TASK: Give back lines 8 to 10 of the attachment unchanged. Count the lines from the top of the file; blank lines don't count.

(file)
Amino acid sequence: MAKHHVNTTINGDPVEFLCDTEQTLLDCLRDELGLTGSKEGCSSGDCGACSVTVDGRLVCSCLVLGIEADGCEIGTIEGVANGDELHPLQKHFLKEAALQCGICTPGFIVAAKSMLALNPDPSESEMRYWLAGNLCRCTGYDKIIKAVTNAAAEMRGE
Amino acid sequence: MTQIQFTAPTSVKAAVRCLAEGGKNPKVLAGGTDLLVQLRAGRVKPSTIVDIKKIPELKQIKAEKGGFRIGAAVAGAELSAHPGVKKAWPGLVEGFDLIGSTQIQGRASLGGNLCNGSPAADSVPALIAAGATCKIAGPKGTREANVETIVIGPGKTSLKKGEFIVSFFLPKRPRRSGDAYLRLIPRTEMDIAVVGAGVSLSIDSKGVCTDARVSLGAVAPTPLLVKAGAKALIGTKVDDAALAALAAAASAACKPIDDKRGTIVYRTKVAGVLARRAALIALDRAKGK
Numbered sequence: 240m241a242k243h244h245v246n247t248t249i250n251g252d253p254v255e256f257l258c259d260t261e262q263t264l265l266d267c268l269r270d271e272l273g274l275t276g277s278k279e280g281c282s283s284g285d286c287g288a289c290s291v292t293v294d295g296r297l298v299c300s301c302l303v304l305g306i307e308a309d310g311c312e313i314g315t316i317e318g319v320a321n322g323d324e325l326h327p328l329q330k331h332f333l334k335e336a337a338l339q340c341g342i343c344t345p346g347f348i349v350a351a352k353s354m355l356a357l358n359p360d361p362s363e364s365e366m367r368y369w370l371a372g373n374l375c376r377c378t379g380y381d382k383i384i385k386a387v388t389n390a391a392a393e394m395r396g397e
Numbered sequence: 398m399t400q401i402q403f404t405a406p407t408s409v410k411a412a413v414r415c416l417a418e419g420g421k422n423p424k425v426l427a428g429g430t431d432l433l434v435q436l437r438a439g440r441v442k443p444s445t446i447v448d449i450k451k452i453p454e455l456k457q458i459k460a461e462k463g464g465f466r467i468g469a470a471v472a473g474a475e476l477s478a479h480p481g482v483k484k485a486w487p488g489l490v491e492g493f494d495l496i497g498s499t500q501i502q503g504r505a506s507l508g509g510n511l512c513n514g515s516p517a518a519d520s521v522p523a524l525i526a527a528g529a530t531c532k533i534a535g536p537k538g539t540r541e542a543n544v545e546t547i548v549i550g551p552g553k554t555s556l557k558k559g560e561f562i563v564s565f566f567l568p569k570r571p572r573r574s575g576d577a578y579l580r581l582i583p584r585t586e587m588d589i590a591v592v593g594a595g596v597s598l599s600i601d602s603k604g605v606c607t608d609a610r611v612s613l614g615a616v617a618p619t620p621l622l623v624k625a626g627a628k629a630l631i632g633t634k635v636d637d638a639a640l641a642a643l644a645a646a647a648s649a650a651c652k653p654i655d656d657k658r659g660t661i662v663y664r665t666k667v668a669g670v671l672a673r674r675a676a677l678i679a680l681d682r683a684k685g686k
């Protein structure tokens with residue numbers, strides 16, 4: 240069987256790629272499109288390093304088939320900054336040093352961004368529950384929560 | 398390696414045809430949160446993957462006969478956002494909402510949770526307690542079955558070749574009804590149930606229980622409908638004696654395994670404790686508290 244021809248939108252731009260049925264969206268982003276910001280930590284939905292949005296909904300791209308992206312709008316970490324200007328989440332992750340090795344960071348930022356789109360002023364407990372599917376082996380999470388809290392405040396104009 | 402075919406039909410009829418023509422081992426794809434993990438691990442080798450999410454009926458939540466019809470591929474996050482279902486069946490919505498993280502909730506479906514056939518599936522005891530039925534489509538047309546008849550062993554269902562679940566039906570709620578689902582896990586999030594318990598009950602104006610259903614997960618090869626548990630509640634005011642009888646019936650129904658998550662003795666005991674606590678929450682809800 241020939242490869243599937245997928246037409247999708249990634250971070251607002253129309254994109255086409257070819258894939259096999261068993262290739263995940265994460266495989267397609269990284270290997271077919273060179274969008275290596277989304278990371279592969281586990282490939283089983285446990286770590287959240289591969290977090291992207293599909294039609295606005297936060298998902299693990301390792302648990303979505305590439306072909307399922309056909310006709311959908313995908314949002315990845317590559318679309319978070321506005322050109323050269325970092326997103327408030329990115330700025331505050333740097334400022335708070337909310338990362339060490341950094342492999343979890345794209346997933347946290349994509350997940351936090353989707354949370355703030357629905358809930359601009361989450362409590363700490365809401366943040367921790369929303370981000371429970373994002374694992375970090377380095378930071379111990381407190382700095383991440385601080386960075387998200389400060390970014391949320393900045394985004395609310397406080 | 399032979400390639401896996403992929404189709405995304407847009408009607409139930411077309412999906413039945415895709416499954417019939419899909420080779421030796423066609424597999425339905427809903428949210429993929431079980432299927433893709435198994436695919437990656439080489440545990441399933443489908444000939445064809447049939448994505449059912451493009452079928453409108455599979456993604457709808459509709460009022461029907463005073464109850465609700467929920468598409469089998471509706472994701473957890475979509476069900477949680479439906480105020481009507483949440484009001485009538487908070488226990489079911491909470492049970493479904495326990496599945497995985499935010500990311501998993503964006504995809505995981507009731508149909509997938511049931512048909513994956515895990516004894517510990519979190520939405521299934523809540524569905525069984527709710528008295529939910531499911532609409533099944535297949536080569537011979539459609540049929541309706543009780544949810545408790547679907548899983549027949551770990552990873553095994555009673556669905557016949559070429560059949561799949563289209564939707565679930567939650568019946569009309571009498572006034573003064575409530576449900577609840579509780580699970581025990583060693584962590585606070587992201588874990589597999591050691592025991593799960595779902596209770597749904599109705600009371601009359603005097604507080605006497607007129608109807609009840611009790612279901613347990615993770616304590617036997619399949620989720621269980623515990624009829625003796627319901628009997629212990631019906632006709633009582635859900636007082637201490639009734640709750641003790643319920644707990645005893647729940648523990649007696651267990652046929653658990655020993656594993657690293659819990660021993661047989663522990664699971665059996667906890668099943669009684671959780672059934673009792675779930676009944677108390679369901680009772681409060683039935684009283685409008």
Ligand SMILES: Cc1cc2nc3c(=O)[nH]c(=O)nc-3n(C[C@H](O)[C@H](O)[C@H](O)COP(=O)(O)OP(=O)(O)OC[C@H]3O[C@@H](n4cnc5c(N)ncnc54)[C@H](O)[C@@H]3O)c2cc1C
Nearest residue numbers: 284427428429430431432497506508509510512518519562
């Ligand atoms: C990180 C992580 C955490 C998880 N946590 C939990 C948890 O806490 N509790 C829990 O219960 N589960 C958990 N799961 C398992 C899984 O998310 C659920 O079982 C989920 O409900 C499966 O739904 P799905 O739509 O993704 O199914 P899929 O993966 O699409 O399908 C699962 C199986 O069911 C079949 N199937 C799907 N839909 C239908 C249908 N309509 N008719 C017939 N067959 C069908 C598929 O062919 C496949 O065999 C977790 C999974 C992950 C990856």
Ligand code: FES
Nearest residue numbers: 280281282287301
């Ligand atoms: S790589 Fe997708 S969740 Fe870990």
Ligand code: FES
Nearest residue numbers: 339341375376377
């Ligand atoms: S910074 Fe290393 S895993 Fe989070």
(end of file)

């Ligand atoms: C990180 C992580 C955490 C998880 N946590 C939990 C948890 O806490 N509790 C829990 O219960 N589960 C958990 N799961 C398992 C899984 O998310 C659920 O079982 C989920 O409900 C499966 O739904 P799905 O739509 O993704 O199914 P899929 O993966 O699409 O399908 C699962 C199986 O069911 C079949 N199937 C799907 N839909 C239908 C249908 N309509 N008719 C017939 N067959 C069908 C598929 O062919 C496949 O065999 C977790 C999974 C992950 C990856």
Ligand code: FES
Nearest residue numbers: 280281282287301